Alabama’s count of COVID-19 cases rose above 500 on Thursday, a day after the state recorded the first death of a resident from the disease.
The Alabama Department of Public Health showed 524 confirmed cases of the virus that causes COVID-19 on its website Thursday evening. On Wednesday the state had reported 144 new cases of the disease, more by far than in any other single day of the crisis so far, including the first known case in Cleburne County.
Also on Wednesday, the death of a part-time Jackson County employee was announced by the chairman of the County Commission there in a letter circulated online. After that announcement, the Public Health Department did not include the death in an update to its count of COVID-19 cases later in the afternoon, and said in a social media post that it had confirmed no deaths. Hours later on Wednesday, Gov. Kay Ivey’s spokeswoman sent a statement from the governor confirming the death.
“I extend my prayers and deepest sympathies to the family and loved ones during these extraordinary circumstances,” the statement read. “I continue to urge everyone that this virus is real, it is deadly, and we should continue to maintain social-distancing as much as possible. Together, we will overcome these challenges and difficult days.”
The governor’s statement also credited the Public Health Department for “thoroughly investigating” the death.
Cleburne County on Wednesday saw its first case reported. On Thursday, the total in St. Clair County was six cases. Talladega County had four known cases, and two cases were known in Calhoun County.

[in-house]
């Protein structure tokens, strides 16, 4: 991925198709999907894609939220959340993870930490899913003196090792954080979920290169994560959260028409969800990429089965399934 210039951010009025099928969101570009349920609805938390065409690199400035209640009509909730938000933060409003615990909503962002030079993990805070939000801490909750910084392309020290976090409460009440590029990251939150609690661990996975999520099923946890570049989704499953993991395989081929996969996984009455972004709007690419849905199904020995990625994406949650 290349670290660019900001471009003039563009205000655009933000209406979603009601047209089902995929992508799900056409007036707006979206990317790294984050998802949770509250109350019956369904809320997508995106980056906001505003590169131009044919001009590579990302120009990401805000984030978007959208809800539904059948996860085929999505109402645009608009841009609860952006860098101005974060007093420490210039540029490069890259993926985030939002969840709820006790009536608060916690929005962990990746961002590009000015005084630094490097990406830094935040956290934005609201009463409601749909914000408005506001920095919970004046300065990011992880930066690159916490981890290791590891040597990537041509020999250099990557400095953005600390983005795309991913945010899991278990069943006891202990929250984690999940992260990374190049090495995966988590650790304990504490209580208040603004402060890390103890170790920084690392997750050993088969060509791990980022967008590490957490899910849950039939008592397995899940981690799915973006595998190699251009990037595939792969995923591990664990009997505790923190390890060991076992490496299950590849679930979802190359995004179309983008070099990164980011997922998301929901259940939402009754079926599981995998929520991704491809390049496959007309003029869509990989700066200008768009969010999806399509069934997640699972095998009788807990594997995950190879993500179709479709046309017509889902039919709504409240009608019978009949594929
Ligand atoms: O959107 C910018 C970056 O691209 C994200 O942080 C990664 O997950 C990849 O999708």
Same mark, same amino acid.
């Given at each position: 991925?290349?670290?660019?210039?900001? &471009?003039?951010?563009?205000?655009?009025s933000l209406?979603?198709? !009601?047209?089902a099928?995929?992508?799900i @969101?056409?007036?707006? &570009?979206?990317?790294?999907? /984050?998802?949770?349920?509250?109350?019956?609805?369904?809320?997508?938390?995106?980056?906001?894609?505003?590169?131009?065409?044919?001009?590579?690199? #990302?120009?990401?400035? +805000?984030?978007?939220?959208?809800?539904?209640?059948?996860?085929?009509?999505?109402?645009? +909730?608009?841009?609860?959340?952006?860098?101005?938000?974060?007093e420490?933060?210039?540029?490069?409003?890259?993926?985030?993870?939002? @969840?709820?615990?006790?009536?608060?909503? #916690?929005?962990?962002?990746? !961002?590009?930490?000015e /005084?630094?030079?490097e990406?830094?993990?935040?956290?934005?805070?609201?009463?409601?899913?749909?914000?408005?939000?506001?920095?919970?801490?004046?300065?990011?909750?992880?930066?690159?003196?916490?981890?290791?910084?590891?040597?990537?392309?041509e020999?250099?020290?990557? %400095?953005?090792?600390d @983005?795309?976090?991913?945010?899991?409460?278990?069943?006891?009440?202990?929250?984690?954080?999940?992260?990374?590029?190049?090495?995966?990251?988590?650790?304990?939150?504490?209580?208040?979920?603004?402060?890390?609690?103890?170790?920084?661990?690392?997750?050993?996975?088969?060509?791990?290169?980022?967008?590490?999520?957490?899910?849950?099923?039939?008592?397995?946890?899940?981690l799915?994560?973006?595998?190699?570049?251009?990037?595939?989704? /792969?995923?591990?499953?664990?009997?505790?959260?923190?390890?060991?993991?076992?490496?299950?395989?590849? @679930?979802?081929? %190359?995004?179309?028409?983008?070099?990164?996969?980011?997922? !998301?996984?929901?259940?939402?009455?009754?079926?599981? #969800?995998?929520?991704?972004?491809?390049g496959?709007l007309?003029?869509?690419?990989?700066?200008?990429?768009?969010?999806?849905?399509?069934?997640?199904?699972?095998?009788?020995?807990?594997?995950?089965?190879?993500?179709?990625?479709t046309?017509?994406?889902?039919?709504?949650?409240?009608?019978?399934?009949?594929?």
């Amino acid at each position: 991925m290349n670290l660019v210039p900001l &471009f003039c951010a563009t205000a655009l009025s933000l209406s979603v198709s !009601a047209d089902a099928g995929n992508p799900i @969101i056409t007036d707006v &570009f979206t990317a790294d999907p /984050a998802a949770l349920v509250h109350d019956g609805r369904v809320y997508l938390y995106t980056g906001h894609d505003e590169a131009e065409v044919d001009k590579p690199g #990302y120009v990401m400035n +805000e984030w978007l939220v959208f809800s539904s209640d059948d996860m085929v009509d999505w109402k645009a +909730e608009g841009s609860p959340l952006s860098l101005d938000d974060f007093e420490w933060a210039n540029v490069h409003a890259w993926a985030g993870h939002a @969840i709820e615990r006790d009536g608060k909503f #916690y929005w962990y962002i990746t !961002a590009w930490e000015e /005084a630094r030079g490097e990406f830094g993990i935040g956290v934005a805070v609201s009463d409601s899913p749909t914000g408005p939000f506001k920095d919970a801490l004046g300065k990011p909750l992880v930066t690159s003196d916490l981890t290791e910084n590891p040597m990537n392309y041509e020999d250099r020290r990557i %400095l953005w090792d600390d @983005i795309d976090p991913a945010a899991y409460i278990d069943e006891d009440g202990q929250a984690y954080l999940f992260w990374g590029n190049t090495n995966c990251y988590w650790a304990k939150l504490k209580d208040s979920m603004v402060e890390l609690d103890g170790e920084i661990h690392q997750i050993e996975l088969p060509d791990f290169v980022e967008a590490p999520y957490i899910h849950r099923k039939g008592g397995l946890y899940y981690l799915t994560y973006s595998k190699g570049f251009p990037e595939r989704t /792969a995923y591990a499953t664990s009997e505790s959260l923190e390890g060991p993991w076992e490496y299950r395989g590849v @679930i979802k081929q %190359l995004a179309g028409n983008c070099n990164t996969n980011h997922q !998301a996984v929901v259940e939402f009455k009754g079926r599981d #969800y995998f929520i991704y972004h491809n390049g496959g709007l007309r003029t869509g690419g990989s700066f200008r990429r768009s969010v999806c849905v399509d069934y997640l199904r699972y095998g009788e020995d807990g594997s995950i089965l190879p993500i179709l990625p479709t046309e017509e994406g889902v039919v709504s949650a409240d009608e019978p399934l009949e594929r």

The Public Health Department on Thursday began updating the number of known cases on its website in real time. The department’s most recent update said the state’s known cases come from tests of at least 4,082 patients.
No information about patients, such as age, sex or other factors has been reported by Public Health for any of the known cases. Health officials have said they release only patients’ county of residence to protect their privacy.
Testing has found COVID-19 cases in Alabamians as young as 2 years and as old as 97, state health officer Scott Harris said Monday. The median age of known COVID-19 patients in Alabama then was 44, Harris said, though he cautioned that the sample size was small.
Jefferson County remained the site of the state’s largest known local outbreak, with at least 162 cases of COVID-19 identified as of Thursday evening. Neighboring Shelby County had at least 53 cases, the second-highest count among the state’s counties.
The rapid rise in reported cases in Alabama comes about a week after the state moved to expand testing, opening 17 screening sites as of Monday, with plans for as many as 25.
Much of the state, nation and world is adjusting to increasingly dramatic action to halt the spread of the new coronavirus and the illness it causes. In Alabama the state government has restricted some businesses, especially restaurants and bars. Layoffs and other losses began hitting workers in those and other industries this week, as people heed warnings to remain at home as much as possible.